Oh no, there’s Isa, ladened with cheap carrier bags, the kind that paralyses your fingers and fall to bits before you’re half-way home. I hope she hasn’t spotted me.
“Hello, Heather. I didnie expect to see you here.”
“Oh Isa, I didn’t see you there. I’m just browsing, there’s some nice antique stalls.
“Aye, if you’ve won the lottery” she says.
She lays her hand on my arm; an aged hand, lined with years of hard work. There’s no need for that; my mother always kept rubber gloves and hand lotion next to the sink and she’d beautiful hands. But then, she was never old.
“How are you”, Isa says.
“I’m fine….I’m okay”
“Isa says, It canny be easy, hen”
It should be easy. He was an old man, after all. It was Mum who died young, Mum who never smoked or drank in her life. And all he did was bounce back and forth from pub to bookie’s to football match all his days.
a grand auld team
Isa says, “He was a awfy man, Mick. A gentle man, though.”
Poor Isa. I remember as a child lying in bed listening to her screams through the wall. Sometimes I had to share my bed with her daughters, wee shivering things, whilst my mother tended Isa’s wounds and failed to persuade her to call the police. Dad always made himself scarce when that was goin on.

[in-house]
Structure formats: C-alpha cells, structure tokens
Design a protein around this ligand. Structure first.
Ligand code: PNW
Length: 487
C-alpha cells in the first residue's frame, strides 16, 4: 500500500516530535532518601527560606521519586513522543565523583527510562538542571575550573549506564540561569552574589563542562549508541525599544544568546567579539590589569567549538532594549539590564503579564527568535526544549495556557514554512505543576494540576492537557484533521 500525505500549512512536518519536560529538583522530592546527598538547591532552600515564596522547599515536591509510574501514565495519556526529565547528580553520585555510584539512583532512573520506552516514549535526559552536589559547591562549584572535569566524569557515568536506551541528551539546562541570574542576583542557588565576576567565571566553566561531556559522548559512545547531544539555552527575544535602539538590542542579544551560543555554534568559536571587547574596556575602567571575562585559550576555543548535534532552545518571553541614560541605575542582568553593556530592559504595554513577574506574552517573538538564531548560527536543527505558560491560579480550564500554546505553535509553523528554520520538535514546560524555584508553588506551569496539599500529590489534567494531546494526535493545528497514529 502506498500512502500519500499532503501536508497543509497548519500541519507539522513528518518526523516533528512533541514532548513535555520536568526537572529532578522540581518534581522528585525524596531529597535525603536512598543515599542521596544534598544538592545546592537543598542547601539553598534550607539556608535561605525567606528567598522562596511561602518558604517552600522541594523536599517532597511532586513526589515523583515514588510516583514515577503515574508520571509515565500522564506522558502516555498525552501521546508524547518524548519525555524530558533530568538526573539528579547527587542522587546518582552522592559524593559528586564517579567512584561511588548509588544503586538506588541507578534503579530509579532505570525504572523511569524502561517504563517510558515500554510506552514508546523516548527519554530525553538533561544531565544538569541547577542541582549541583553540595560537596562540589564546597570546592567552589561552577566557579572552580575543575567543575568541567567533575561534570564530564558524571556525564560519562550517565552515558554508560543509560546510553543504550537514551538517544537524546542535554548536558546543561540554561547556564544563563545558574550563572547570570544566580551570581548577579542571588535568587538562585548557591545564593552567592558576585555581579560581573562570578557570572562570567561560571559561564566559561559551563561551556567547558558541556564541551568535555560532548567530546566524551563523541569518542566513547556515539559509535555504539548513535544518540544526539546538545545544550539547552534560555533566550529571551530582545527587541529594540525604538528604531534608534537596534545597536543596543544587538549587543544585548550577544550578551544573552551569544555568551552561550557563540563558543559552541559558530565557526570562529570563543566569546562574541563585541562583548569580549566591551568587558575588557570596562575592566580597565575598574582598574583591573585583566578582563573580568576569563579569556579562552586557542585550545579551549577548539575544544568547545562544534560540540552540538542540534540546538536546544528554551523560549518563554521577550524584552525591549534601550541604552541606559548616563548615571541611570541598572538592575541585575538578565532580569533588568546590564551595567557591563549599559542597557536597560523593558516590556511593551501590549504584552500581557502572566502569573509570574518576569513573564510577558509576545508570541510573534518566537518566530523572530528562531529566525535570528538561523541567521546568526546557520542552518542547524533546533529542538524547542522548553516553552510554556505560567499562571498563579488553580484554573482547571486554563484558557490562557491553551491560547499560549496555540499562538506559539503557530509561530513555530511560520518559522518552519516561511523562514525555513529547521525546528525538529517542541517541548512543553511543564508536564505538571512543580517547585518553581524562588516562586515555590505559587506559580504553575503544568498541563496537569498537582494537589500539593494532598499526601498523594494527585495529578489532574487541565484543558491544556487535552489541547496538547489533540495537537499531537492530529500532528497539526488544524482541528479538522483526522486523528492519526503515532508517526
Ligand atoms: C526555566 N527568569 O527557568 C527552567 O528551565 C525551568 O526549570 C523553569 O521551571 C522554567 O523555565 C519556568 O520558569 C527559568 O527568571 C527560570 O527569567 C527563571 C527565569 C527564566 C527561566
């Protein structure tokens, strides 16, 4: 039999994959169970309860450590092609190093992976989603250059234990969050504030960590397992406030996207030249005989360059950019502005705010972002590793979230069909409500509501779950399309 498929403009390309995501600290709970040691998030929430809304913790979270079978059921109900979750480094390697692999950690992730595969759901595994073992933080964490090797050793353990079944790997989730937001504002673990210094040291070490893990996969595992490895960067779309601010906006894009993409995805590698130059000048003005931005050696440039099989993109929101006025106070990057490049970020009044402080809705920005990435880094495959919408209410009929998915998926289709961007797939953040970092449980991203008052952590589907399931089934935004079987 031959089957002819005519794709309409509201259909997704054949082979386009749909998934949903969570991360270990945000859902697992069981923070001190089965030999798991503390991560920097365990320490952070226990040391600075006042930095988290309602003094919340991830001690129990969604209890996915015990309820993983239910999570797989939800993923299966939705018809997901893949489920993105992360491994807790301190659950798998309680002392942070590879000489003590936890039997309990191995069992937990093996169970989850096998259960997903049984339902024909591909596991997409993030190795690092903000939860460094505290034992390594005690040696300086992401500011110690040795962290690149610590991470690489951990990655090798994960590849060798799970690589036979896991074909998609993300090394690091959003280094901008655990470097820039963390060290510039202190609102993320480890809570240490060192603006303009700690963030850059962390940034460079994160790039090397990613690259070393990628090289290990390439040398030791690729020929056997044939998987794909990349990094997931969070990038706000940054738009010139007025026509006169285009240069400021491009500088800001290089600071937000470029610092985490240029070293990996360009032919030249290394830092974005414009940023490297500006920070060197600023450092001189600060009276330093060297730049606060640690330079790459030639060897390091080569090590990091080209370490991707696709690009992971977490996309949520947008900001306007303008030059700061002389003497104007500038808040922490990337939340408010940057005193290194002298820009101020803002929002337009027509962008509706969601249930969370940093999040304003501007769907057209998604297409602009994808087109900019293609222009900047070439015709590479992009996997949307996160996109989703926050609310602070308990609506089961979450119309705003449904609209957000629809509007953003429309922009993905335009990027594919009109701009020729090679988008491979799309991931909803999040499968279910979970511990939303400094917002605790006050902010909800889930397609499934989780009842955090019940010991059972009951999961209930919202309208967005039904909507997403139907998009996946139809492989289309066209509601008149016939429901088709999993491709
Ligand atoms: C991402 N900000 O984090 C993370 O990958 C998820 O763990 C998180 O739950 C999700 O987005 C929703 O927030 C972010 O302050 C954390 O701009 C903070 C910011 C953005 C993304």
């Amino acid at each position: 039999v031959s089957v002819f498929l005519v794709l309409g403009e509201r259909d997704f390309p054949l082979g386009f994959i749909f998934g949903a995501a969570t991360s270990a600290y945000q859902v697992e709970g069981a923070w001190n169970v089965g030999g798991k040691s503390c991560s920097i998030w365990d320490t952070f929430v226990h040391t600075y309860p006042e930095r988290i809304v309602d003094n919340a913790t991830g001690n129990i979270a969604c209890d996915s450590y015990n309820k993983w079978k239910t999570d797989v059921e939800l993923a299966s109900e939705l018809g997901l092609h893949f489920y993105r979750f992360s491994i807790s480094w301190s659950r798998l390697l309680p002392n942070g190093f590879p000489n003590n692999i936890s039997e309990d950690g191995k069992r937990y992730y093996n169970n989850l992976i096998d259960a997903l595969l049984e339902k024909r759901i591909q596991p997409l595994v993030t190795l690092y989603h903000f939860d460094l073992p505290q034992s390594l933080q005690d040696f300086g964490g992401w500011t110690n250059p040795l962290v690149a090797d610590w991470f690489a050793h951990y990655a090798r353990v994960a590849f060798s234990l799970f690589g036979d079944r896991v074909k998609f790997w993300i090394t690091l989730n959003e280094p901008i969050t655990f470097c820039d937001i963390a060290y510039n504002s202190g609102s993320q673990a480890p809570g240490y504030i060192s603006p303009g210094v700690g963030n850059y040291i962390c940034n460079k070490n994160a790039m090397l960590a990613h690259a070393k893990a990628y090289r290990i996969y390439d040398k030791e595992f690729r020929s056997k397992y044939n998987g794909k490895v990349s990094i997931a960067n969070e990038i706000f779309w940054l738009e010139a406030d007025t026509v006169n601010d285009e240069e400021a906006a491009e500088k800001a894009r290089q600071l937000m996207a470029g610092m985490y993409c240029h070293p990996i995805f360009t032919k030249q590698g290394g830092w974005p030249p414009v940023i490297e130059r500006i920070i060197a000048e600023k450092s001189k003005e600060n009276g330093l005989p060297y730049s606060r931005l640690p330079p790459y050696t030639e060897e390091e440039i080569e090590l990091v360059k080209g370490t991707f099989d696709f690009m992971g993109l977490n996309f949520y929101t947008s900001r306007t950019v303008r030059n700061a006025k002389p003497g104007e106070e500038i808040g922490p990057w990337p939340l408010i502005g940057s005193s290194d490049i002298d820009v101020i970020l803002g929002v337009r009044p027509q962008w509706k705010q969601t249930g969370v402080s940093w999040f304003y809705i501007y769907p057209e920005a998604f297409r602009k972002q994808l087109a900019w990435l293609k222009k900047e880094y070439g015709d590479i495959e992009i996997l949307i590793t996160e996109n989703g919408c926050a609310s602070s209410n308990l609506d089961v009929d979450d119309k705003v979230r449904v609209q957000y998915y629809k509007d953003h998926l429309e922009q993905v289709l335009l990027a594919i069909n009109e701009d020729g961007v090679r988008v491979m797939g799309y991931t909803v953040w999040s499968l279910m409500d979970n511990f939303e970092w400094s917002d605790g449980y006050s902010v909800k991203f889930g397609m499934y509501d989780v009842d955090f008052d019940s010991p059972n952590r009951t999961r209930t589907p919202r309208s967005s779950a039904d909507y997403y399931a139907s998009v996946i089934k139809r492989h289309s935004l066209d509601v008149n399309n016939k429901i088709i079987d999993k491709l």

“Jist like yer ain man” Isa says. “Yer a lucky lassie”
Dad didn’t have a lot in common with Jim, a man with no interest in football, a man who played golf, a man who drank wine that wasn’t fortified. But Jim would sit down with him after Sunday dinner and Dad would tell him his tales of the war. He told Jim how his ship was torpedeod twice and about the time his brother, who was in the military police, had to arrest him for drunken conduct on shore leave, stories I’d never heard. Jim would listen and laugh in all the right places. And every Sunday night, Dad would tell all the boys in the bar.
“Aye, she’s got herself a good yin, there. Quiet fella, though”.
Isa lays down her bags and dabs at her eyes with a rumpled tissue.
“It was a lovely send-off you gave him, hen.”
to play for
I say, “I was a bit worried about asking the priest. Dad hadn’t set foot in that church since my boys were christened.”
“Och, she says. “Father Byrne’s no like that; he takes folk as they come. Wis it no lovely, whit he said about the wee bank?”
A bank in the shape of a white chapel, that had been Mum’s. After she died, Dad kept on saving all his twenty pence pieces, handing the money in to the priest’s housekeeper every month.